Inland Railway - Construction Phase

 
  Trainplanner Chief Commissioner

Location: Along the Line
I too shook my head at the appallingly short sightedness of the standards used for the Alice Springs to Darwin line considering that it is a modern railway, had a substantial amount of Federal Government funding which I think should have been leveraged by the Feds to ensure that key components of the new line were at least future proofed for higher axle-loads and speeds.   I don't apologize for my constant harping on this because this stuff only gets built once in this country.   Anybody who thinks any Government or Private investor for that matter is going to cop a "please sir can I have some more" Oliver Twist begging a few years after they've already poured heaps of funding for another round of investment just doesn't get it.

There's plenty of evidence around what I say.  Just have a look at the date stamps on the side of rail in mainlines and see how old they are on some of the busiest and heaviest sections of network and that just may give you a reality check that once its in, its in for decades and decades.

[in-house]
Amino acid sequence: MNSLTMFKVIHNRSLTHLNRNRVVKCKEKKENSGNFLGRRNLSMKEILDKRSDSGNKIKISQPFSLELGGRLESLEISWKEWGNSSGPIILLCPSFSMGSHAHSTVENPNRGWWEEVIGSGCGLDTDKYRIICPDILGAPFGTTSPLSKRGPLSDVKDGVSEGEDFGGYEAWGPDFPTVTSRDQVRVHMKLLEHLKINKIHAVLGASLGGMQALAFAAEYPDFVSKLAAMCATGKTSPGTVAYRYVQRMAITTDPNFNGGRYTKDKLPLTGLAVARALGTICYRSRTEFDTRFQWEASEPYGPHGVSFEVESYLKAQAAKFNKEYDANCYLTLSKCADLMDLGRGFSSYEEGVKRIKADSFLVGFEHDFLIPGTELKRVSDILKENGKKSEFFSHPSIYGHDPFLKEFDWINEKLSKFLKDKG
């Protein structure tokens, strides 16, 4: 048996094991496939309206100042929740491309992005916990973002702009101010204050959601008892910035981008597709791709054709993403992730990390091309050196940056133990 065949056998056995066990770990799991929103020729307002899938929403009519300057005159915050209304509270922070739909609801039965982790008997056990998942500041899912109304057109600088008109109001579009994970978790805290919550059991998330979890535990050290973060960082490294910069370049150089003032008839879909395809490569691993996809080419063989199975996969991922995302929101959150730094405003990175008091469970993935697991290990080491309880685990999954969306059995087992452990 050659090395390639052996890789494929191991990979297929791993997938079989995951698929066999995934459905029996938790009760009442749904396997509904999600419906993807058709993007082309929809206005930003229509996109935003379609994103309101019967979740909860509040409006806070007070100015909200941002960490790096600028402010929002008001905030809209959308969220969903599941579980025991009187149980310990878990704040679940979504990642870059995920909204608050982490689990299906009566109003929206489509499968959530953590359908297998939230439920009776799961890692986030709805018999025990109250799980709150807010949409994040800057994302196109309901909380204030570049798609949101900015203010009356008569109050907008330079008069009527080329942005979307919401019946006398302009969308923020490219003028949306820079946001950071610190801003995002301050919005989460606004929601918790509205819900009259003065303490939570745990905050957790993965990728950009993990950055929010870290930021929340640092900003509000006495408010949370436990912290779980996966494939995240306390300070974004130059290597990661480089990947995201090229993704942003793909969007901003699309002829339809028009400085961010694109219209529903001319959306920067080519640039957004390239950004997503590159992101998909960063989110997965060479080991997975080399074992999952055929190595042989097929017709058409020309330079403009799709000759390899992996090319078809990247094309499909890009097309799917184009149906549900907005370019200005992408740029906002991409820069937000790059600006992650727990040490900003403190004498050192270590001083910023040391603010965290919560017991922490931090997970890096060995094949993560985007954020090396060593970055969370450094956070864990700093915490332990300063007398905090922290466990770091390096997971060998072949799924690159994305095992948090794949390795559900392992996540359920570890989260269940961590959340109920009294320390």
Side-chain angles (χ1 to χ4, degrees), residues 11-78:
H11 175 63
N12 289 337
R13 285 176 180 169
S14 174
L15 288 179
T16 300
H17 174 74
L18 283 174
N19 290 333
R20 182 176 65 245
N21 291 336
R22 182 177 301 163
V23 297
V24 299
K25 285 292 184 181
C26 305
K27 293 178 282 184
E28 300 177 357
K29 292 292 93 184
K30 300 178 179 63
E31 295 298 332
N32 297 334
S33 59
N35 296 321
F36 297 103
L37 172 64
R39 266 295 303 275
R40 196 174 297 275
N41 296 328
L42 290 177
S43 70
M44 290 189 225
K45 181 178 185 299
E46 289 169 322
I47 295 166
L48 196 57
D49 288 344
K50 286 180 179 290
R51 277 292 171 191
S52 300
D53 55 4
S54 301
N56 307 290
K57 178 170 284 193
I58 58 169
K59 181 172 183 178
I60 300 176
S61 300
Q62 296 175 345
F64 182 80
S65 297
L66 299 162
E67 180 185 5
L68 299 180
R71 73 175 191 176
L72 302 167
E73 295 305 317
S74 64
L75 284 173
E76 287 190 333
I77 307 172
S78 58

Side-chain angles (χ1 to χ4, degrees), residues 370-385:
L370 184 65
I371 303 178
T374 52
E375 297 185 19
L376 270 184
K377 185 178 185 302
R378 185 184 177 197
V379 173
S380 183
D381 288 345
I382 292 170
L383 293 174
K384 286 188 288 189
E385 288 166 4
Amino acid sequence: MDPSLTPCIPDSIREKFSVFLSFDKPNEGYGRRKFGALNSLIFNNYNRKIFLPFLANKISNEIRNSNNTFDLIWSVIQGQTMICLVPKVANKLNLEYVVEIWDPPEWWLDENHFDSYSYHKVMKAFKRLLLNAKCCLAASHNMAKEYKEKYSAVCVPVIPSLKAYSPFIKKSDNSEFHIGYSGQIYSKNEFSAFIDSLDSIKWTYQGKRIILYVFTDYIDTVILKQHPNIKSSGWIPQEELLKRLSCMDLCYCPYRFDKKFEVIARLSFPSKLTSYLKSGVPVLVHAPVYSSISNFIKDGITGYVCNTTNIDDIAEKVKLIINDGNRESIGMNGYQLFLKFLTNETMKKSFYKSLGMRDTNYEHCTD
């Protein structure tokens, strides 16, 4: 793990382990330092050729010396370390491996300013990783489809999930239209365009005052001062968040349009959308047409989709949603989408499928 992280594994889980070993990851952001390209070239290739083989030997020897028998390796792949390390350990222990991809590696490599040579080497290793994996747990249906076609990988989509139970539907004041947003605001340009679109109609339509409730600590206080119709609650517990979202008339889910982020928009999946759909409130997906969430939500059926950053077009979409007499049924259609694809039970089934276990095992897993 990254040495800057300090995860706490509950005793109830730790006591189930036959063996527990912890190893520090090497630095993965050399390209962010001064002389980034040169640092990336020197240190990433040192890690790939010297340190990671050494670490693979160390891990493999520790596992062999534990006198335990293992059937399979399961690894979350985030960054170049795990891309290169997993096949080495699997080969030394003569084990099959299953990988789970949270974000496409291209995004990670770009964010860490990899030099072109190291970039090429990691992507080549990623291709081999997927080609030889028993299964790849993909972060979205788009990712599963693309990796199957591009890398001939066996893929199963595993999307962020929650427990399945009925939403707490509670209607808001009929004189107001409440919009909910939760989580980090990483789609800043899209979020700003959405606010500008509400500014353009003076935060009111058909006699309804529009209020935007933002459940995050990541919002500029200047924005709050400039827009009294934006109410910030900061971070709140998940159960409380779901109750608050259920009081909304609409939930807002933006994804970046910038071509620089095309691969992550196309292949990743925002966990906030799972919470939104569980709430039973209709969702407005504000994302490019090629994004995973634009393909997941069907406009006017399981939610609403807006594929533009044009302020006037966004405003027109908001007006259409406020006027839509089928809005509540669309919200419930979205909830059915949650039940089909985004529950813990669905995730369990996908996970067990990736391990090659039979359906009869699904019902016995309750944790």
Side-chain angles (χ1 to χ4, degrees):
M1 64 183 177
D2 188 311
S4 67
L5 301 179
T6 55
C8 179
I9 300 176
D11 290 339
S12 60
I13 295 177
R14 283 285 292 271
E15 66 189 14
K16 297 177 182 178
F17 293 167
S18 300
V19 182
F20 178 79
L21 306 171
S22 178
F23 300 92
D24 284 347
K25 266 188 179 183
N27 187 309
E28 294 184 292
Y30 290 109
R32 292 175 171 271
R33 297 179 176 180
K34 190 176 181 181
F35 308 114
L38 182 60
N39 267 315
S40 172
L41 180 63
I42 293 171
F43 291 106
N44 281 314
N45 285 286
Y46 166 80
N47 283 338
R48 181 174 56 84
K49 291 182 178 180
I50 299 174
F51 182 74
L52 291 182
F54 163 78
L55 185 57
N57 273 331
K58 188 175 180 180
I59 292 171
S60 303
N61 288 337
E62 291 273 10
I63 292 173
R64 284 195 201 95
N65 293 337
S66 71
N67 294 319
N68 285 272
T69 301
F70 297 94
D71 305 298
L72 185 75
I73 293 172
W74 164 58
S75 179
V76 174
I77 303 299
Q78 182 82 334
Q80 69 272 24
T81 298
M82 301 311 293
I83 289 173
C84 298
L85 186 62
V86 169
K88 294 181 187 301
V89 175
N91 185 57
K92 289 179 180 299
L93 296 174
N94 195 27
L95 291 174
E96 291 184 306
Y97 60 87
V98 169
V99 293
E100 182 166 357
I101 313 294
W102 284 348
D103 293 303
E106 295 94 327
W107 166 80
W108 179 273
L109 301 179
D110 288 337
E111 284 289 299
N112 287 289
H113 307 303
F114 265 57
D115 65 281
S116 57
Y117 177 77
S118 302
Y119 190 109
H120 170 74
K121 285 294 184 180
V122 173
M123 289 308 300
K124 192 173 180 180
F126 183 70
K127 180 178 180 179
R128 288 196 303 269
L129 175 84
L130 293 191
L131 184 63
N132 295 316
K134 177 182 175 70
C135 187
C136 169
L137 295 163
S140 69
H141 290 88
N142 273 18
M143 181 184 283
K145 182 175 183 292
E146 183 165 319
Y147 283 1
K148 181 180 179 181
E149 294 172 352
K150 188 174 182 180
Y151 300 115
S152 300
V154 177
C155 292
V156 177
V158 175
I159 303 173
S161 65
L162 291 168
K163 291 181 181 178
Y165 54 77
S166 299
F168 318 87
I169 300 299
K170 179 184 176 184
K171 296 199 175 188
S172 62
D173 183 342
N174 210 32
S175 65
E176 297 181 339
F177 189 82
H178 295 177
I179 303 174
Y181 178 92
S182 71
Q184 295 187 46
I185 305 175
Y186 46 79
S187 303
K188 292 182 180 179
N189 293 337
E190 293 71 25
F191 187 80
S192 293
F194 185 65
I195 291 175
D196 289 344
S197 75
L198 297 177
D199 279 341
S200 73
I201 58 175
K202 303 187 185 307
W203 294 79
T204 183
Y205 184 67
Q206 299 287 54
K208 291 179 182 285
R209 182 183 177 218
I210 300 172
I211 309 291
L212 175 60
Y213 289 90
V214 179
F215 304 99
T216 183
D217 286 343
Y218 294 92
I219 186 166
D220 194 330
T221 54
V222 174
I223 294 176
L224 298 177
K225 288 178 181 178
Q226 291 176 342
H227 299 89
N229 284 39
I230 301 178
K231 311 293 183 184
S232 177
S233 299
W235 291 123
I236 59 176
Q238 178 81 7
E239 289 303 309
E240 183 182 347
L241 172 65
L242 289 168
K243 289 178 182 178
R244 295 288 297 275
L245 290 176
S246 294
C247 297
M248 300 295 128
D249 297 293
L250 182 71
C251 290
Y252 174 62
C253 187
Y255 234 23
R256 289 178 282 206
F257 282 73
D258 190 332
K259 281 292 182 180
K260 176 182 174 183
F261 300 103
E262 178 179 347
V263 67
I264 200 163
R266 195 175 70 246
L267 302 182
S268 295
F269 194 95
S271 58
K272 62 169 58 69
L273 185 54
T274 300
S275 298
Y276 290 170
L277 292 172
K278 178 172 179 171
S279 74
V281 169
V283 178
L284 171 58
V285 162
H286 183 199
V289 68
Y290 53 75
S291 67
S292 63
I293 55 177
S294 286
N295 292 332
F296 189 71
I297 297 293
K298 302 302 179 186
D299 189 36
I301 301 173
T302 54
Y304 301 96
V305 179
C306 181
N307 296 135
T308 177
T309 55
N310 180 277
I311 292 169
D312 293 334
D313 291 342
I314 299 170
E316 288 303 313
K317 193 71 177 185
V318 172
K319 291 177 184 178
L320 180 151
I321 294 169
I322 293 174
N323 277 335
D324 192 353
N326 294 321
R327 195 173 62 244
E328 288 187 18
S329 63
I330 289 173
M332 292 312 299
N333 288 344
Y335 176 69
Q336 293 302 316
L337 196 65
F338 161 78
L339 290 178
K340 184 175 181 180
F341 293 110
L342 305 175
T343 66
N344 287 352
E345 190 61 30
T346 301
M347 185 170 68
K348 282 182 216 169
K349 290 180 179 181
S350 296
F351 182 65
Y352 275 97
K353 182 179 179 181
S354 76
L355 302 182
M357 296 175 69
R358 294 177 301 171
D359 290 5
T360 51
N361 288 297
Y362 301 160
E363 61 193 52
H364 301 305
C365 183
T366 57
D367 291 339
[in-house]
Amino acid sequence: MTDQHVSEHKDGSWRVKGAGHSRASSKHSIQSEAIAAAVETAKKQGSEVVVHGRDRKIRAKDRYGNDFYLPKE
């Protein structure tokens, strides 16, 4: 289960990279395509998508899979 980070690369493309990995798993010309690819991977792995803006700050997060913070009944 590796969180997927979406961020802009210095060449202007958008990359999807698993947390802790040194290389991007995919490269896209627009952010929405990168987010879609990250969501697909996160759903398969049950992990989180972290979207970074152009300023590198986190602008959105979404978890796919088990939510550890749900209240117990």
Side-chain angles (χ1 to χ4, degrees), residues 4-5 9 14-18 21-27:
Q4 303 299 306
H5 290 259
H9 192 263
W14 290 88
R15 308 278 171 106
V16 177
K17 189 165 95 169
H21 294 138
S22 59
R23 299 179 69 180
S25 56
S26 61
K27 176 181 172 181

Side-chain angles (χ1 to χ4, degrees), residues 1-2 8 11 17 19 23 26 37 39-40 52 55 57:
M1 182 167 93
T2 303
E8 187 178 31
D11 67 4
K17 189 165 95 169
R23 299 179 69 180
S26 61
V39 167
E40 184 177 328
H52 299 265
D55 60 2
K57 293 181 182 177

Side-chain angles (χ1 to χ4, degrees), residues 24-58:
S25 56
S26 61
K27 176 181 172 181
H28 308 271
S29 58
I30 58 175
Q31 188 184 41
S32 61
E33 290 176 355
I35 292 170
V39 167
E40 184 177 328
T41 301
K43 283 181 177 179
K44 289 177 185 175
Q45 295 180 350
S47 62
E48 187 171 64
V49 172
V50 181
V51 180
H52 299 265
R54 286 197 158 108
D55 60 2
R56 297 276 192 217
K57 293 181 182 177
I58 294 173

I've quoted several times the example of Western Australia's request to install 107lb/yard rail instead of the Commonwealth's laid down 94lb/yard standard at the time the standard gauge was being built on the basis of the axleload and tonnage WAGR was proposing for its iron ore traffic and grain.  The WAGR had undertaken an extensive analysis of speed, axleload and other requirements looking at railways in North America particularly Canada and also the NSWGR which was already using 107lb/yd rail.

Within months of the line opening, broken rails and derailments started and withing 8 years the WAGR went ahead and funded a 108 million resleepering (heavy duty concrete sleepers) and rerailing (60kg/m head hardened rail).   It was compared to the original cost of building the line a huge financial whack.